GRASP – Genetic Research Analysing Short Patients


Dr Emily Cottrell, Clinical Research Fellow in Paediatric Endocrinology

Dr Afiya Andrews, Clinical Research Fellow in Paediatric Endocrinology

Dr Avi Maharj, Clinical Post-doctoral researcher in Paediatric Endocrinology 

Dr Helen Storr (PI), Reader and Honorary Consultant in Paediatric Endocrinology

The Centre for Endocrinology, William Harvey Research Institute, Barts and the London School of Medicine, Queen Mary University London, First Floor, John Vane Science Centre, Charterhouse Square, London, EC1M 6BQ.


The Centre for Endocrinology (CFE) at WHRI has an international reputation in the diagnosis/management of children with growth disorders. In 2008, we established a genetic sequencing service for patients with short stature and features of growth hormone insensitivity (GHI), a rare and poorly understood condition. Of 129 patients referred to our centre to date, our comprehensive genetic testing service has pinpointed a genetic diagnosis in a significant (~50%) proportion of patients. National and international demand for this service is growing.

We propose to develop a custom-made gene-panel, which will allow rapid analysis of genes causing short stature in one test, with the potential to transform the diagnosis and management of patients across the UK and Europe.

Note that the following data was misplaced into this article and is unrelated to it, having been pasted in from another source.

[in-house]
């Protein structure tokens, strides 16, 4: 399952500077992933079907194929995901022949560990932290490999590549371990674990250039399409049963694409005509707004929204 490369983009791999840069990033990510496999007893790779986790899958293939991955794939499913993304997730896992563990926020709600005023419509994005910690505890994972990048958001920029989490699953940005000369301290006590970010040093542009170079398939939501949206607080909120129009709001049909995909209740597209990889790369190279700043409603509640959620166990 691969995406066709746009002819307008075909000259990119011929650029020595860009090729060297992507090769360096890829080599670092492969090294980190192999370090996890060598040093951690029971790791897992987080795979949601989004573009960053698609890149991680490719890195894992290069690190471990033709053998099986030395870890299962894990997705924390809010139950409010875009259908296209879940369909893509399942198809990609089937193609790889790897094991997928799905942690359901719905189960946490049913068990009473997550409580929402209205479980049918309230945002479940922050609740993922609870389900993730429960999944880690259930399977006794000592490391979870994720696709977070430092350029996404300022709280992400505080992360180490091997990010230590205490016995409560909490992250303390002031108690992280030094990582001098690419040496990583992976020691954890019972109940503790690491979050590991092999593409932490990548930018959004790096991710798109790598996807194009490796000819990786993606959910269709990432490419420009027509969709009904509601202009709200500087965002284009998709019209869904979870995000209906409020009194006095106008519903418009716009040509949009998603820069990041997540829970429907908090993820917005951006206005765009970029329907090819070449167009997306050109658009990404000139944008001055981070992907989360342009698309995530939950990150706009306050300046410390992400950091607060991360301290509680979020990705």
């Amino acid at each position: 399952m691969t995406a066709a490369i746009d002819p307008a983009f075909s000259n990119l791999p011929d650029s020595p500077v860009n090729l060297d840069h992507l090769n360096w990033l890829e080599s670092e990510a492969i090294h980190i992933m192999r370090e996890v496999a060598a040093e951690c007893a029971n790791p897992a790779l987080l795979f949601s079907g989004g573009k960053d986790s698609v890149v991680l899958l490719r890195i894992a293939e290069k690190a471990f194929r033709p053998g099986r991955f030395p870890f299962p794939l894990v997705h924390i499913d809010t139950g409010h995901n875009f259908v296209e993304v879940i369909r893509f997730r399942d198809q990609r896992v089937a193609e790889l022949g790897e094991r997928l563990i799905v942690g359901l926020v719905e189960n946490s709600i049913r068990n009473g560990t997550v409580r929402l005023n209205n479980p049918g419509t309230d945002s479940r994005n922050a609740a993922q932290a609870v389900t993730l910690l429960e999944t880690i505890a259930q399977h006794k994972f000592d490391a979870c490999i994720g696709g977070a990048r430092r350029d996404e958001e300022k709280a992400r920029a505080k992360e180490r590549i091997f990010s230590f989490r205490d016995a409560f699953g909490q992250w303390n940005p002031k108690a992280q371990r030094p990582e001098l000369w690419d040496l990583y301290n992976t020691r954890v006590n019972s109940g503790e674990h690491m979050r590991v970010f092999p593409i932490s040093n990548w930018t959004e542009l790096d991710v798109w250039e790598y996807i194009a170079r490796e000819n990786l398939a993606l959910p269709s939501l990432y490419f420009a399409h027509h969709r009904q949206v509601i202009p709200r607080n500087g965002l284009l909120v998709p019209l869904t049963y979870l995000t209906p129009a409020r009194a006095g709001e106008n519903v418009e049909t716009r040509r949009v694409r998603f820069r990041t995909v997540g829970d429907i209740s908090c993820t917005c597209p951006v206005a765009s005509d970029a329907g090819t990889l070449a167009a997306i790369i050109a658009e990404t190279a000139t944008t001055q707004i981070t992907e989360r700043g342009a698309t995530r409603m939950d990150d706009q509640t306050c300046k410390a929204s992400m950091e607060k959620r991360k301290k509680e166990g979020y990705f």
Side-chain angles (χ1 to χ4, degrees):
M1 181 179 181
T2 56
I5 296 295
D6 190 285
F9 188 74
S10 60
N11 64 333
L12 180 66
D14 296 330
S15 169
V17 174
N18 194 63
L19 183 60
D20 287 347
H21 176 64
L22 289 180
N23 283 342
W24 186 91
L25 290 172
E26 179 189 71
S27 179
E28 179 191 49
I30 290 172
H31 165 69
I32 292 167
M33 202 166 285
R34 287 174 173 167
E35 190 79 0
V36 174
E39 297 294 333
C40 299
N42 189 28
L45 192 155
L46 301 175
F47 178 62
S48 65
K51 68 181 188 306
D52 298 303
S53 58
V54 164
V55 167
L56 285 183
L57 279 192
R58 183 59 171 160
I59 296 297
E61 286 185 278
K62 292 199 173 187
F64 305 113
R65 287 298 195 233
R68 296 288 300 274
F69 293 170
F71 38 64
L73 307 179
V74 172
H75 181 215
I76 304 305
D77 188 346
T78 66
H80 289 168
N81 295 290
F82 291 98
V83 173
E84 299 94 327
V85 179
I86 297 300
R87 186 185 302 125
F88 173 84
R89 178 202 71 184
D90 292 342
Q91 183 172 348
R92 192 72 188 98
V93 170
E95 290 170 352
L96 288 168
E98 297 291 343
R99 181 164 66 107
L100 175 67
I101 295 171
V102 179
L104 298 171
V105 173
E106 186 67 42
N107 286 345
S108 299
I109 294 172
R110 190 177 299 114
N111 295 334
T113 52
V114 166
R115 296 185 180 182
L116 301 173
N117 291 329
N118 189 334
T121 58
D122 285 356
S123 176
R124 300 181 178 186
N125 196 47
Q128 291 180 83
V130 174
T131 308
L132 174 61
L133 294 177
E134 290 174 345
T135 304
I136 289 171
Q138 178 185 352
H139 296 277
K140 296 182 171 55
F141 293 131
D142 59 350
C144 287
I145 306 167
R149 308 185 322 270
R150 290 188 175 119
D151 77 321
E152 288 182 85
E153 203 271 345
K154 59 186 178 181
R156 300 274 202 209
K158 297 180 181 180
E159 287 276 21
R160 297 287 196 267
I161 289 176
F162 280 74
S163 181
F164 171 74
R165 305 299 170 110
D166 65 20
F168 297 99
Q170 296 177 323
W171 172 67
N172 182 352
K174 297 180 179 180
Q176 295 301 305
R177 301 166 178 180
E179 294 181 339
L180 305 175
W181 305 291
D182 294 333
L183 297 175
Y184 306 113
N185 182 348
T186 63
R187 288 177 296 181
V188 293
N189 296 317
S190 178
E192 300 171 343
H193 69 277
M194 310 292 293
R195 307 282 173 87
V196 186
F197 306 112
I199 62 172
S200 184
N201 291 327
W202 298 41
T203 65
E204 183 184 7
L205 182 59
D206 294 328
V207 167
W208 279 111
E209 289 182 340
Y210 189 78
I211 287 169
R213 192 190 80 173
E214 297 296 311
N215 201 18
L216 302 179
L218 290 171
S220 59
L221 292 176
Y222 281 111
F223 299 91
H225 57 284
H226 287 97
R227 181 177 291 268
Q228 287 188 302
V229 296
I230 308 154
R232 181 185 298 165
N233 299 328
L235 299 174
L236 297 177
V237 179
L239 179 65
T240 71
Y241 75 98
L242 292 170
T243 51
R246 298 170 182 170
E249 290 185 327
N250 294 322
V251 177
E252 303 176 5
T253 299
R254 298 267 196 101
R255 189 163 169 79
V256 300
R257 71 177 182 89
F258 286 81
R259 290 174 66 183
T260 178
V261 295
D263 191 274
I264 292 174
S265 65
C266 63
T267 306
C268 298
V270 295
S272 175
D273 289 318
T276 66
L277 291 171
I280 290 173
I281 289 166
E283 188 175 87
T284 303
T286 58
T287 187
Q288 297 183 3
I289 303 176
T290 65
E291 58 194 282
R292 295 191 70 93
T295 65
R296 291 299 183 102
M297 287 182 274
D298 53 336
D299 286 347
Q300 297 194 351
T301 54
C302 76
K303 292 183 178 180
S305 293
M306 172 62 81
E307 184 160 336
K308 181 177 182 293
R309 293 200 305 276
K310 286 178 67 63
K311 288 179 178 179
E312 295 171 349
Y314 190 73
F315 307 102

The novel panel incorporates ~60 genes associated with short stature including GH-IGF-1 axis, 3M and Noonan syndrome genes. We have the expertise to find new genes in the unsolved cases and will assess how each genetic defect disrupts normal molecular pathways to identify new targets for treatment.

Start Date: 01/03/2017

End Date: --/--/----

Updated Oct 2021

Further Information: 

In December 2016, we secured funding from Barts Charity for this proposal and our team, led by Dr Helen Storr, have developed a novel customised short stature gene panel. We are also analysing copy number variants in undiagnosed patients with short stature referred to us. New referrals are eligible for both tests free of charge – see more details about our research, referral criteria and relevant documents on our website.


Effect of insulin sensitization on insulin like growth factor-1 responses to growth hormone treatment in children born small for gestational age


Chief Investigator: Dr Ajay Thankamony,

Medic: Dr Emile Hendricks,


The North European Small for Gestational Age Study (NESGAS) found that children born Small for Gestational Age (SGA) without catch up growth, who were more sensitive to insulin, grew better when they received Growth Hormone treatment.

Metformin is used to treat type 2 diabetics as it makes them more sensitive to insulin, a hormone which regulates blood sugar. We believe giving Metformin in addition to Growth Hormone to SGA children may make them more insulin sensitive thus they may respond better to their Growth Hormone treatment.

Growth Hormone works by producing a growth promoting hormone called Insulin like Growth Factor-1(IGF-1).  We will measure IGF-1 levels in the children’s blood to determine the response to their Growth Hormone treatment and this will provide evidence of the long-term effects of Metformin on growth in this population.

Start Date: 01/08/2018
End Date: Still active

Further Information:

Updated Oct 2021